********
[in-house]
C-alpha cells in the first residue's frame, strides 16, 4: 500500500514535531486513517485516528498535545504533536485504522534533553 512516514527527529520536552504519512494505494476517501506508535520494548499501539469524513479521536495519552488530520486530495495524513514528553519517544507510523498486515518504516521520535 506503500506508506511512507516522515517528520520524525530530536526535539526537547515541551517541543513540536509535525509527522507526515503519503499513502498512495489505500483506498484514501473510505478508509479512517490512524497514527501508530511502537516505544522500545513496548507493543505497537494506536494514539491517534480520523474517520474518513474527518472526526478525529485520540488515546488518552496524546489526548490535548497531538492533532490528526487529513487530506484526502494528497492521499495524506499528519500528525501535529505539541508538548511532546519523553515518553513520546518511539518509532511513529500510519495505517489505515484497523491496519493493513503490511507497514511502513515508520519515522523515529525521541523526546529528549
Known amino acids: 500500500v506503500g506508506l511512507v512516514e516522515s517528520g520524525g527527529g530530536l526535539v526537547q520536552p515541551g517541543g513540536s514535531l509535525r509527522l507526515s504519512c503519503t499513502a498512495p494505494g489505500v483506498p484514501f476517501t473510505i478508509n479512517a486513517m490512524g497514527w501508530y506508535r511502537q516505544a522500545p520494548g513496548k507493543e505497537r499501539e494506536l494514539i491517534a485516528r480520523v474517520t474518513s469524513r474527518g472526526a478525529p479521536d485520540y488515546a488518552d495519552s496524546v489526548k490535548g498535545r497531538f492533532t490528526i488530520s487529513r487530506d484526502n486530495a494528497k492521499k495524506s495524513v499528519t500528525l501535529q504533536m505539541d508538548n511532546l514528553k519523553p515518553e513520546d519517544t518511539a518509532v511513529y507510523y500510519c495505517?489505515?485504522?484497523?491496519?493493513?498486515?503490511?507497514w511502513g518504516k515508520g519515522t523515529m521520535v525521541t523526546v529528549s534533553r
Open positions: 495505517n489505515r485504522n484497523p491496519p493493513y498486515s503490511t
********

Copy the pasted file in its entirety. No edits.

[in-house]
C-alpha cells in the first residue's frame, strides 16, 4: 500500500514535531486513517485516528498535545504533536485504522534533553 512516514527527529520536552504519512494505494476517501506508535520494548499501539469524513479521536495519552488530520486530495495524513514528553519517544507510523498486515518504516521520535 506503500506508506511512507516522515517528520520524525530530536526535539526537547515541551517541543513540536509535525509527522507526515503519503499513502498512495489505500483506498484514501473510505478508509479512517490512524497514527501508530511502537516505544522500545513496548507493543505497537494506536494514539491517534480520523474517520474518513474527518472526526478525529485520540488515546488518552496524546489526548490535548497531538492533532490528526487529513487530506484526502494528497492521499495524506499528519500528525501535529505539541508538548511532546519523553515518553513520546518511539518509532511513529500510519495505517489505515484497523491496519493493513503490511507497514511502513515508520519515522523515529525521541523526546529528549
Known amino acids: 500500500v506503500g506508506l511512507v512516514e516522515s517528520g520524525g527527529g530530536l526535539v526537547q520536552p515541551g517541543g513540536s514535531l509535525r509527522l507526515s504519512c503519503t499513502a498512495p494505494g489505500v483506498p484514501f476517501t473510505i478508509n479512517a486513517m490512524g497514527w501508530y506508535r511502537q516505544a522500545p520494548g513496548k507493543e505497537r499501539e494506536l494514539i491517534a485516528r480520523v474517520t474518513s469524513r474527518g472526526a478525529p479521536d485520540y488515546a488518552d495519552s496524546v489526548k490535548g498535545r497531538f492533532t490528526i488530520s487529513r487530506d484526502n486530495a494528497k492521499k495524506s495524513v499528519t500528525l501535529q504533536m505539541d508538548n511532546l514528553k519523553p515518553e513520546d519517544t518511539a518509532v511513529y507510523y500510519c495505517?489505515?485504522?484497523?491496519?493493513?498486515?503490511?507497514w511502513g518504516k515508520g519515522t523515529m521520535v525521541t523526546v529528549s534533553r
Open positions: 495505517n489505515r485504522n484497523p491496519p493493513y498486515s503490511t